Friday, June 6th, 2014 marked the 70th Anniversary of D-Day – the historic day in World War II when the Allies invaded France on the beaches of Normandy. It would have been wonderful to visit Normandy on the 70th Anniversary and to photograph the large celebrations they held to commemorate the event. Unfortunately, there just wasn’t enough cash in my old “travel fund” to cover that trip. But a second option did arise.
General Dwight D. Eisenhower was the Allied Supreme Commander in World War II and was instrumental is planning, organizing, and executing the D-Day Invasion. President Eisenhower grew up in Abeline Kansas, a rural farming community about 151 miles ( 243 km ) west of Kansas City. And Abeline, as you may or may not know, is the home of the Eisenhower Presidential Library and Museum. One of my photographer buddies contacted me suggesting that we might head out to Abeline and see what they were doing to celebrate the event. So we packed up our gear and headed west.
Considering the fact that this was a major anniversary of one of the most significant events in western military history, and that it was led by a native of Abeline – one who later became President of The United States of America – I have to say that there really wasn’t much going on in Abeline. The Library and Museum had organized a few events. There were some special presentations as well as a few military vehicles and reenactors. But there were relatively few persons in attendance. It was, I must say, rather disappointing. Maybe it was due to the location – in the middle of Kansas. Maybe it was a lack of preparation by the planning committee. Hard to tell. But overall, there wasn’t much going on and there were few people there to see it. Seems like an opportunity lost – an opportunity to recognize and thank a generation of veterans who displayed momentous bravery defending our country and democracy.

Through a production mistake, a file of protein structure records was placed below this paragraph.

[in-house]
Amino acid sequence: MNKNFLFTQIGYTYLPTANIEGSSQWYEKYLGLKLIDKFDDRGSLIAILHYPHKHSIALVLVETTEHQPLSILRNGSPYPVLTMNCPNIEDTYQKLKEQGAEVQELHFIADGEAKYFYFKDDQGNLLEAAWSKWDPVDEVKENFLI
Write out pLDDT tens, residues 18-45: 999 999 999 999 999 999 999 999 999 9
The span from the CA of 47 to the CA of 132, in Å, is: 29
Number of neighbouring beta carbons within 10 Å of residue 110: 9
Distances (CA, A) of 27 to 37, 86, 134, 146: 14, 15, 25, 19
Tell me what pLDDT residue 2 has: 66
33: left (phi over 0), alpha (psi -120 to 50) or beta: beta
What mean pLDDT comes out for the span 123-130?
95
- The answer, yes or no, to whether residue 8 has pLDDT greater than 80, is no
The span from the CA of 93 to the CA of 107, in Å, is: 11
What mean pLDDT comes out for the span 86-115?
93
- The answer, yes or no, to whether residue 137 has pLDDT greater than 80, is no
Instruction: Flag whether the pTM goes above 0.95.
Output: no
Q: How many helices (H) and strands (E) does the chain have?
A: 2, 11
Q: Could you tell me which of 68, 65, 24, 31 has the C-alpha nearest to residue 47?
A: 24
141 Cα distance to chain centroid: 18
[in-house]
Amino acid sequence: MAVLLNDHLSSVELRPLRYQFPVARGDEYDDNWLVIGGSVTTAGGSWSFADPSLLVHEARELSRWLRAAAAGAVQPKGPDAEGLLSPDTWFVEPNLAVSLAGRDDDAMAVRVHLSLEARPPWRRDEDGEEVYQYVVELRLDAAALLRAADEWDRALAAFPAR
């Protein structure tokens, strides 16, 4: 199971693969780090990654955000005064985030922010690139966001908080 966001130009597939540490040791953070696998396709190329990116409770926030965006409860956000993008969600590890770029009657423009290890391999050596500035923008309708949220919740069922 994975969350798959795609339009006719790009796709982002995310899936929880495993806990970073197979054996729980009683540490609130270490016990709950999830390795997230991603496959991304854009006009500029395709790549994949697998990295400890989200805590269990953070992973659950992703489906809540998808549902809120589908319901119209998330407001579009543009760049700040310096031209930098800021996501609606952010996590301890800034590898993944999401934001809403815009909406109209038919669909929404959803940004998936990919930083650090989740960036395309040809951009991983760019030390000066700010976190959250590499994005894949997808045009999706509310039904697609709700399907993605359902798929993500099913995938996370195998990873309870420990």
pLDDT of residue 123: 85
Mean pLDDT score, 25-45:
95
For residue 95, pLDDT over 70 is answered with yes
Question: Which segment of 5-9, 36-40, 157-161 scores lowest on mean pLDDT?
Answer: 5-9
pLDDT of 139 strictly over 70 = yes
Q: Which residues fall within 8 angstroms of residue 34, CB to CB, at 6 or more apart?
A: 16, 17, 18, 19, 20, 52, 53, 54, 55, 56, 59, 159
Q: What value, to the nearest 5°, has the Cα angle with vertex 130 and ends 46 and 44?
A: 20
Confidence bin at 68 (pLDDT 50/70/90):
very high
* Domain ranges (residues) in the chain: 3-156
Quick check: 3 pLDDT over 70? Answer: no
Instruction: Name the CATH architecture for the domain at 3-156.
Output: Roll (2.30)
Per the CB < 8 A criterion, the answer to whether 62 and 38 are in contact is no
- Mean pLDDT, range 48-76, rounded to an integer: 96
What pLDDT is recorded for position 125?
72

The Eisenhower Presidential Library and Museum is a beautiful place, situated on the southern side of Abeline. Below are photos from the D-Day visit.
The white structure, Dwight Eisenhower’s childhood home, is located on the library grounds.
And yes, that is a grain elevator in the background. This is Kansas after all – wheat country.
Entrance to the Eisenhower Presidential Library
Statue of President Eisenhower in military uniform
A small group of reenactors
A young boy visiting for D-Day
Two veterans who took part in the Normandy Invasion were in attendance. Jack Ford, seated on right, is from Wichita Kansas. Ray Lambert, standing on left, is from North Carolina.
While the celebration and crowds in Abeline were small, D-Day stands ever so large in history. My heartfelt thanks to all those veterans who took part in D-Day. And my gratitude to veterans who have served in the past as well as to those currently serving in the military.
THANKS FOR YOUR SERVICE ……………
Dr. B, The Photo Trekker